chapter 5

Of the notable myracles of saynt Werburge shewed in the tyme of chanons / and fyrst howe she saued Chester from distruction of walshemen.

stanza 104

723 Shortly the kynge remoued his great host,Quickly
Departed from the cite without any praye,prey, victims, spoils
And gaue in commaundement in euery cost as a commandment in every border-region
Saynt Werburge landes to meynteyne alway,to preserve always
Assigned her possessions euer after that dayMarked
With the signe of the crosse, a token euident,clear sign
In pleasyng this virgin / for drede of punysshement.

chapter 7

Howe saynt Werburgesaued Chestrefrom innumberable barbarike nacions / purposynge to distroye and spoyle the sayd cite.

stanza 109

758An other tyme innumerable barbarike nacions barbaric nations, peoples
Came to spoyle Chestre, to robbe it and distry,despoil / destroy
(Sayth the historye) from diuers regions: 1 .So the history tells / different
Harolde kyng of danes / the kynge of gotes & galwedy ,the Goths / people of Ireland
Maucolyn of Scotlande, and all theyr company,Malcolm
With baners displayed, well armed to fyght;banners
Theyr tentes rially in hoole heth were pyght. 2 Their tents were pitched splendidly at Hoole Heath

stanza 110

765They set theyr ordinaunce agaynst the towne battle formation
Vpon euery side / timorous for to se,terrifying to see
Namely at the northgate they were redy-bowne ready and prepared
By myght, police to haue entered the cite.Through force and guile
The citezens, dredyng to be in captiuite,captivity
Made intercession vnto this holy abbasse
For theyr deliueraunce in suche extreme case.dire situation

stanza 111

772 The deuout chanons sette the holy shryne
Agaynst theyr enemies at the sayd northgate,
Trustyne to Werburge to saue them from ruyne ruin
And shewe some myracle to them disconsolate.
For the citezens were of their lyues desperate,despairing for their lives
Passynge mannes mynde to escape theyr daunger To escape their danger was beyond human thought, reason
But all-only by merite of this virgin clere .But solely possible through the merit of this shining virgin

stanza 112

779As the kynges were sautynge this forsayd cite,attacking
Trustyne for a praye to haue it euery hour,Believing every hour that they would have it as their prey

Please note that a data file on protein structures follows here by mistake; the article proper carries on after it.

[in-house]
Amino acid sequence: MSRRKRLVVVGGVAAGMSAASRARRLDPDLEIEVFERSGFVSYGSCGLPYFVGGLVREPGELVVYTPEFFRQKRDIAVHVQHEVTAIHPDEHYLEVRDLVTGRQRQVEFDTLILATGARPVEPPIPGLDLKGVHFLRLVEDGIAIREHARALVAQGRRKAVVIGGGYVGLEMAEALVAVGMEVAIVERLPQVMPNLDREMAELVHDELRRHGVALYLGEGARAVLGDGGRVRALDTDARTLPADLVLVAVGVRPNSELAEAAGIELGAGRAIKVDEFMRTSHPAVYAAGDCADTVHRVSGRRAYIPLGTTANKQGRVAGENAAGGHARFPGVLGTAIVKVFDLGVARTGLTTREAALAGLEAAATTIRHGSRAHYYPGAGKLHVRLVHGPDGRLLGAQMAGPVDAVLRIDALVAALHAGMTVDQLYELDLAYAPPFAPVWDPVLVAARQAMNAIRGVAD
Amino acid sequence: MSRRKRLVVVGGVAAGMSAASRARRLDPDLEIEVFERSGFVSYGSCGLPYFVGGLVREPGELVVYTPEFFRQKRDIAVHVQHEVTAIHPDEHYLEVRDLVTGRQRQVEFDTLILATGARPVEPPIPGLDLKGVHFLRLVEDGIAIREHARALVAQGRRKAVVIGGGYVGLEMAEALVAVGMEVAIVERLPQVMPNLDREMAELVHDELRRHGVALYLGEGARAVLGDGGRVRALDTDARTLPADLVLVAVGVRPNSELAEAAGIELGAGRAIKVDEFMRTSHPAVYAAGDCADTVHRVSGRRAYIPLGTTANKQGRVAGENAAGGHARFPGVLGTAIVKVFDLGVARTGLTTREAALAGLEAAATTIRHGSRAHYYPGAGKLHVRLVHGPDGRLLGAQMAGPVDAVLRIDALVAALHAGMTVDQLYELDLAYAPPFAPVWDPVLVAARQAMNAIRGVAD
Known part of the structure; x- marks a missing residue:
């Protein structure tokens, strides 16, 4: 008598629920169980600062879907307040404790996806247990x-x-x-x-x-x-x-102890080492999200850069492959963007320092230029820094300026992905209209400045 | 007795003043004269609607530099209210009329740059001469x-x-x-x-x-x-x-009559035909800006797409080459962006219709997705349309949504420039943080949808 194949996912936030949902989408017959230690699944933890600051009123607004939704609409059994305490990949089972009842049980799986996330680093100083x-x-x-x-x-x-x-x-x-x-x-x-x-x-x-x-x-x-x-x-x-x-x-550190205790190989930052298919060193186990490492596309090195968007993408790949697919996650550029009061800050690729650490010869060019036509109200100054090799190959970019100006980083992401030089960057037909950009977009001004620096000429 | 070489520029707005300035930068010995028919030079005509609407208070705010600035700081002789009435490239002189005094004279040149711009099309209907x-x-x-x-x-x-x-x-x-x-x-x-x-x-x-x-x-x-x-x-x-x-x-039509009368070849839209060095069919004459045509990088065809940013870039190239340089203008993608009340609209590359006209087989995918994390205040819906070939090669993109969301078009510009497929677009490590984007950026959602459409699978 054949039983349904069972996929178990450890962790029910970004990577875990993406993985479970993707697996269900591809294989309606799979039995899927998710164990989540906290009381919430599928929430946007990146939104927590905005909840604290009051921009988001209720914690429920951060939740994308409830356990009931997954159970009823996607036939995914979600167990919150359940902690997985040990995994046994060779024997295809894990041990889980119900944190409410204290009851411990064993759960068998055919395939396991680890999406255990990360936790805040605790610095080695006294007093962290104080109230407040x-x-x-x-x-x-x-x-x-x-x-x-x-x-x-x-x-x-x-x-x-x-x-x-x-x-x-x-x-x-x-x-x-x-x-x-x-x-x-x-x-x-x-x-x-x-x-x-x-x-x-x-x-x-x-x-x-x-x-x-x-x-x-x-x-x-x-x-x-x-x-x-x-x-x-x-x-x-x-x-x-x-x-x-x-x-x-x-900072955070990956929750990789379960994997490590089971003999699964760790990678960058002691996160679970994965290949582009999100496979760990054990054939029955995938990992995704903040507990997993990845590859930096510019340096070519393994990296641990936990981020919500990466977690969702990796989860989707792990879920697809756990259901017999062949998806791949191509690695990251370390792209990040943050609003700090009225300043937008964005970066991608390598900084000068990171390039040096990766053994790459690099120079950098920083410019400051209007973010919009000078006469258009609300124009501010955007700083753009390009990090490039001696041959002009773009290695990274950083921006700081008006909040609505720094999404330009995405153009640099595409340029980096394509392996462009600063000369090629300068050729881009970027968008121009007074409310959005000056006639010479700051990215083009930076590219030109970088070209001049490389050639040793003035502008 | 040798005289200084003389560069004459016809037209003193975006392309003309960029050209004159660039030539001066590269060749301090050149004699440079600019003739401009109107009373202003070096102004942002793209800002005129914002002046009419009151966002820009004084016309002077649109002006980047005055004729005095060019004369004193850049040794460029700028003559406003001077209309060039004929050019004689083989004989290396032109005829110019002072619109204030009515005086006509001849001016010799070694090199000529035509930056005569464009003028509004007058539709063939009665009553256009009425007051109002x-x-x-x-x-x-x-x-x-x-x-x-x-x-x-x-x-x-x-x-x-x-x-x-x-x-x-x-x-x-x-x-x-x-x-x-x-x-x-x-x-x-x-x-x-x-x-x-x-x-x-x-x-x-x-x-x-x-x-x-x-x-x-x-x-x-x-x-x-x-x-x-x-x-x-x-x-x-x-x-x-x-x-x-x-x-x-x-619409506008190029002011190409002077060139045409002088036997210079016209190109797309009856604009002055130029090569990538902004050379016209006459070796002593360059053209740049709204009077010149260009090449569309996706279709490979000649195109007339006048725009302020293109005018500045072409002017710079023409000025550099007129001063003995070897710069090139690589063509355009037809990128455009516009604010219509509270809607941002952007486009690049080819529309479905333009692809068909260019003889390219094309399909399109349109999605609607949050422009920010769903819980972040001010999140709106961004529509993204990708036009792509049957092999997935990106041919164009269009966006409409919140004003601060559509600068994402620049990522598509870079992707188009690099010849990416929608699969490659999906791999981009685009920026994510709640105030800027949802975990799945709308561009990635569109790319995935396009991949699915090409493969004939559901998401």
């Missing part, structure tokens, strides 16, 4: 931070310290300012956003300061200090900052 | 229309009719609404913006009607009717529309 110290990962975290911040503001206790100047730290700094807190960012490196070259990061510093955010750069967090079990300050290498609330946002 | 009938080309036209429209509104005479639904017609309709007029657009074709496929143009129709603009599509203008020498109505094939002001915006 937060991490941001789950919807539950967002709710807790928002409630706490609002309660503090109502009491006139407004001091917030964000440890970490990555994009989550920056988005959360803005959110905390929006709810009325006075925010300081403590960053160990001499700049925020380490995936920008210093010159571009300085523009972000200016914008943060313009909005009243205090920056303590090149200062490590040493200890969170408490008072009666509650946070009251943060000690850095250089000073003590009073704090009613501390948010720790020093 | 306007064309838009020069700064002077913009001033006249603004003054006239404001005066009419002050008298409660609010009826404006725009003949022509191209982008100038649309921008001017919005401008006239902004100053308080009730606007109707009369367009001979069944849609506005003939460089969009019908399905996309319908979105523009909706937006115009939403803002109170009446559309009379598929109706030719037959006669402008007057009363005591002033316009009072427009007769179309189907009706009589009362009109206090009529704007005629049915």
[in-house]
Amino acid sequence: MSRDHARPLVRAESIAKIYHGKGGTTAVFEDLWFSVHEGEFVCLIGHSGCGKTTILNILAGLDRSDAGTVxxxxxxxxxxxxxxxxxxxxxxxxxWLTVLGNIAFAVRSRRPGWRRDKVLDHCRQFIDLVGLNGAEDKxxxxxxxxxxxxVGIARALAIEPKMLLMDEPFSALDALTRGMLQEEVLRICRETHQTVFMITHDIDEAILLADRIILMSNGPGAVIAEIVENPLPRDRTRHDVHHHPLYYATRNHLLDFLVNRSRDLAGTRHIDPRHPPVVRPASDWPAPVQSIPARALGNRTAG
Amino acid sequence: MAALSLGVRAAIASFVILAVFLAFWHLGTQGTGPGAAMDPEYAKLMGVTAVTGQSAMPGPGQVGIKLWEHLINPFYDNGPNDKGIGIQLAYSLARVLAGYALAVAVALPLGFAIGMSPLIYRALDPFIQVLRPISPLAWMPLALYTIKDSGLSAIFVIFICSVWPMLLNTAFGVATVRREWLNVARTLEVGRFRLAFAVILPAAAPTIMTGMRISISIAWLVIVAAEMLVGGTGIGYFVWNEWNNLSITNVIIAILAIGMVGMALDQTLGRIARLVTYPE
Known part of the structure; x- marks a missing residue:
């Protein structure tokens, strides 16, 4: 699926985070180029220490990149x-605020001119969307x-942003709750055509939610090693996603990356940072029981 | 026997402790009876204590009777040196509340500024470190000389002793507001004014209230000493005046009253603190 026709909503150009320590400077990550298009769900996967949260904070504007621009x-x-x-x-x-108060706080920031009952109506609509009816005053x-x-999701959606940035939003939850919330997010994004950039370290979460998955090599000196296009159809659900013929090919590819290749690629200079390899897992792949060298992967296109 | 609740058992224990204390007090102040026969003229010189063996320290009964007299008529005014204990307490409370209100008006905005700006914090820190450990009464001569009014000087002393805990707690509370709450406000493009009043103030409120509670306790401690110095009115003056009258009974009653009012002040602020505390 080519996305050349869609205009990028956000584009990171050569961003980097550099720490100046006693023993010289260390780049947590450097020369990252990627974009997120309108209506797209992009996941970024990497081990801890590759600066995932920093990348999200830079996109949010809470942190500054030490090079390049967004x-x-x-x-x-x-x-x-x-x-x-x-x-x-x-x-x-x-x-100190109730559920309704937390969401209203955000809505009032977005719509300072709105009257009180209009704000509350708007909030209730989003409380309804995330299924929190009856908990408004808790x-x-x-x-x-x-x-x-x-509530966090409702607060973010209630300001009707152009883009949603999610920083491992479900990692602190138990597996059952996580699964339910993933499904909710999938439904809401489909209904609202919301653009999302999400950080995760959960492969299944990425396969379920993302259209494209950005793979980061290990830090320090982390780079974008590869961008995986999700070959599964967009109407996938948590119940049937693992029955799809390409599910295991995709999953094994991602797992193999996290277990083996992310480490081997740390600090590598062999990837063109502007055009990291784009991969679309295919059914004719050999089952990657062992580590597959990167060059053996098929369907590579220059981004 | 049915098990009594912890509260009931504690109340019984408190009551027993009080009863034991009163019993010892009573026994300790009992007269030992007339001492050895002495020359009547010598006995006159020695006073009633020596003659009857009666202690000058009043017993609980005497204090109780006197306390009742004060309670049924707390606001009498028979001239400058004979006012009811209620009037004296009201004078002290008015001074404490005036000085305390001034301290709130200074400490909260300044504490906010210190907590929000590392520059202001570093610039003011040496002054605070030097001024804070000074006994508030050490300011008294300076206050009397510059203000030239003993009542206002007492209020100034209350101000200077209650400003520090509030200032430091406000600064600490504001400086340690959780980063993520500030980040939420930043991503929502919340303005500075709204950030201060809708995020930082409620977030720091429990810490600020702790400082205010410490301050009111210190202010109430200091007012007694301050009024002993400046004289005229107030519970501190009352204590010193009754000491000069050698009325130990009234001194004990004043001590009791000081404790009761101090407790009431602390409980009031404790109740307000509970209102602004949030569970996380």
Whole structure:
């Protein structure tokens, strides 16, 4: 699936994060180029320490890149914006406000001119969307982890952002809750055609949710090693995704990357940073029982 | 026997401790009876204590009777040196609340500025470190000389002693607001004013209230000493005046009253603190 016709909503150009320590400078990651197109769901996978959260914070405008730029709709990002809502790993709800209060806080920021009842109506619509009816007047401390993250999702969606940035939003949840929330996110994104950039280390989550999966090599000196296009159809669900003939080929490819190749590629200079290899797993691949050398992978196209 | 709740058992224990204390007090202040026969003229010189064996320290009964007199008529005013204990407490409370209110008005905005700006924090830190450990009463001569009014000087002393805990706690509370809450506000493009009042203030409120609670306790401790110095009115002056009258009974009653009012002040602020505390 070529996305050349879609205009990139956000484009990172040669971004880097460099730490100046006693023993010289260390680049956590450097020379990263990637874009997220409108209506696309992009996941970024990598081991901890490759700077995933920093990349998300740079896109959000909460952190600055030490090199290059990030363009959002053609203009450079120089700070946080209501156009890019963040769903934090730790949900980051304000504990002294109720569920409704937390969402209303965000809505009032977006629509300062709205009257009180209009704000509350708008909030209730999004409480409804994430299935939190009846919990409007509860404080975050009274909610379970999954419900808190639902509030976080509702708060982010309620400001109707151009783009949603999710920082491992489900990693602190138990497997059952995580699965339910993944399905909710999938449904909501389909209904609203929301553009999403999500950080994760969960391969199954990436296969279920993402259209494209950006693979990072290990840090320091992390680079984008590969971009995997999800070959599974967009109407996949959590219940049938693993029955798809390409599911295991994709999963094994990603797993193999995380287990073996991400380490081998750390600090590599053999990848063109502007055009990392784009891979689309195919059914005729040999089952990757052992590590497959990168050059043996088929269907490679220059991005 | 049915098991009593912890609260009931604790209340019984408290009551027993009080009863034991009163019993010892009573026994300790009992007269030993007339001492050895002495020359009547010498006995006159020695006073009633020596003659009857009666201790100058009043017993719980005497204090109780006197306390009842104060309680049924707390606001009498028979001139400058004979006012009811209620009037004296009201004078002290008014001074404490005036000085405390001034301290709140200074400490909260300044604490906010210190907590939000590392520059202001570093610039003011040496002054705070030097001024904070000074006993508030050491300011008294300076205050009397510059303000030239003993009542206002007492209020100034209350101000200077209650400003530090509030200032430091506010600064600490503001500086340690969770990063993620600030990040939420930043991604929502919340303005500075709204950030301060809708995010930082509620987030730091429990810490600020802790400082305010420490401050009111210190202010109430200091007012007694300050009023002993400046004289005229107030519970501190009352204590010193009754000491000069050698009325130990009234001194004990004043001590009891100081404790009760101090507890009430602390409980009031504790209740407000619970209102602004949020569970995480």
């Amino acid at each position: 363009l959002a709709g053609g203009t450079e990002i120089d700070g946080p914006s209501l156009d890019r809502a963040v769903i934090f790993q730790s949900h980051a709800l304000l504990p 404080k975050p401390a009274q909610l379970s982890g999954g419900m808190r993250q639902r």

One of the sayd ennemies, replet with iniquite,full of evil
Nat worshyppyng ye virgin / nor dredyng our sauiour,the
Smote this riall relique with a stone in his rancour,Struck / noble relic
Brake therof a corner, curiously wrought,Broke / carefully
Cast all to the grounde: than sorowe came vnsought.

stanza 113

786The sayd malefactour nat passynge the placeevil-doer / not moving beyond
Vexed with the deuill for his greuous offence,Afflicted / devil / grievous
Roryng and yellyng his outragious trespase,Roaring / extreme
Tore his tonge a-sonder in wodely violence,savage, maddened
Miserable exspired afore them in presence;died
Satan ceased nat to shewe great punysshementdid not desist
Vpon his soule and body / by signes euident.

stanza 114

793 These kynges considerynge this soden vengeauncesudden
Amonge them all lyght so soone and hastely,descended
Shortly remoued theyr great ordinaunce,Quickly / battle formation
Departed from the cite with theyr company;
Callyng on this virgin fast for grace and mercy,immediately
Promyttynge neuer after to retourne agaynePromising
To disquiete her seruauntes and cite, in certayne.distress / for sure

chapter 10

Howe an other woman vnlaufully wurkynge was made blynde / and by saynt Werburge restored was to her syght agayne.

stanza 126

877Within the same cite afore the abbay-gate
Dwelled a woman / which brake the commaundementwho broke
Of god and holy churche / hye sabbot-day dyd violate defiled the exalted Sabbath-day
Unlaufully wurkynge: 3 wherfore great punysshementunlawfully working
Fell vpon this woman with peynes equiualent,pains / appropriate, fitting
Sodaynly smytten / wurkynge full busely Suddenly struck / very busily
With greuous blyndnes / and mycle miserye.severe / great


Here Bradshaw refers again to his source, the 'third passionary'. See below, line 1691 and note Back to context...
Alan Thacker suggests that this episode is to be associated with 'Edward the Confessor and Harold Godwinson's conflict with Gruffudd ap Llewelyn, king of Gwynedd, in the 1050s and early 1060s'. See A.T. Thacker, Early Medieval Chester 400-1230, Lewis and Thacker, 2003, 16-33, 24, also available via British History Online Back to context...
Bradshaw alludes here to commandments eight and ten amongst the 'Ten Commandments (Exodus 20), which exhort 'Remember the Sabbath day, to keep it holy' and 'the seventh day is a sabbath to the Lord your God; you shall not do any work, you, or your son, or your daughter, your manservant or your maidservant, or your cattle, or the sojourner who is within your gates'. Back to context...